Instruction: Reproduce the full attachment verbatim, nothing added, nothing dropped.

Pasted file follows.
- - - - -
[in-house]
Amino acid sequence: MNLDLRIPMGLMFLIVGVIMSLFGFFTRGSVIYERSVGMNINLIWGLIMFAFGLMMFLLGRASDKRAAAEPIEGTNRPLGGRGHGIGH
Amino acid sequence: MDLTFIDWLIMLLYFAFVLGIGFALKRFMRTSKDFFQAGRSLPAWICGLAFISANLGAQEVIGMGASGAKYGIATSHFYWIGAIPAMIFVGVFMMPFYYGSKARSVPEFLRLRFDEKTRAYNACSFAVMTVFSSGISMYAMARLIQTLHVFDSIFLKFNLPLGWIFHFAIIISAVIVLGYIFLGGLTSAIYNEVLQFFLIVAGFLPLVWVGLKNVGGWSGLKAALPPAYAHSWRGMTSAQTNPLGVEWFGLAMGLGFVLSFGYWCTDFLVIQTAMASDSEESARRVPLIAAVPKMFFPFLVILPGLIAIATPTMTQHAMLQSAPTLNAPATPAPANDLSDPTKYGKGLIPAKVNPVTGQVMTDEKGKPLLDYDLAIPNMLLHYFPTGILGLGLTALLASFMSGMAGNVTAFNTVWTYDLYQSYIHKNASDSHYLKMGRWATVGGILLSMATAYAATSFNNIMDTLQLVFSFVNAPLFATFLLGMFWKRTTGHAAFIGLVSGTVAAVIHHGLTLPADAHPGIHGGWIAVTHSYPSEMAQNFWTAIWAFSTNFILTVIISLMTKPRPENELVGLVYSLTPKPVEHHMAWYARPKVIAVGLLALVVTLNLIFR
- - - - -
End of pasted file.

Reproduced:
[in-house]
Amino acid sequence: MNLDLRIPMGLMFLIVGVIMSLFGFFTRGSVIYERSVGMNINLIWGLIMFAFGLMMFLLGRASDKRAAAEPIEGTNRPLGGRGHGIGH
Amino acid sequence: MDLTFIDWLIMLLYFAFVLGIGFALKRFMRTSKDFFQAGRSLPAWICGLAFISANLGAQEVIGMGASGAKYGIATSHFYWIGAIPAMIFVGVFMMPFYYGSKARSVPEFLRLRFDEKTRAYNACSFAVMTVFSSGISMYAMARLIQTLHVFDSIFLKFNLPLGWIFHFAIIISAVIVLGYIFLGGLTSAIYNEVLQFFLIVAGFLPLVWVGLKNVGGWSGLKAALPPAYAHSWRGMTSAQTNPLGVEWFGLAMGLGFVLSFGYWCTDFLVIQTAMASDSEESARRVPLIAAVPKMFFPFLVILPGLIAIATPTMTQHAMLQSAPTLNAPATPAPANDLSDPTKYGKGLIPAKVNPVTGQVMTDEKGKPLLDYDLAIPNMLLHYFPTGILGLGLTALLASFMSGMAGNVTAFNTVWTYDLYQSYIHKNASDSHYLKMGRWATVGGILLSMATAYAATSFNNIMDTLQLVFSFVNAPLFATFLLGMFWKRTTGHAAFIGLVSGTVAAVIHHGLTLPADAHPGIHGGWIAVTHSYPSEMAQNFWTAIWAFSTNFILTVIISLMTKPRPENELVGLVYSLTPKPVEHHMAWYARPKVIAVGLLALVVTLNLIFR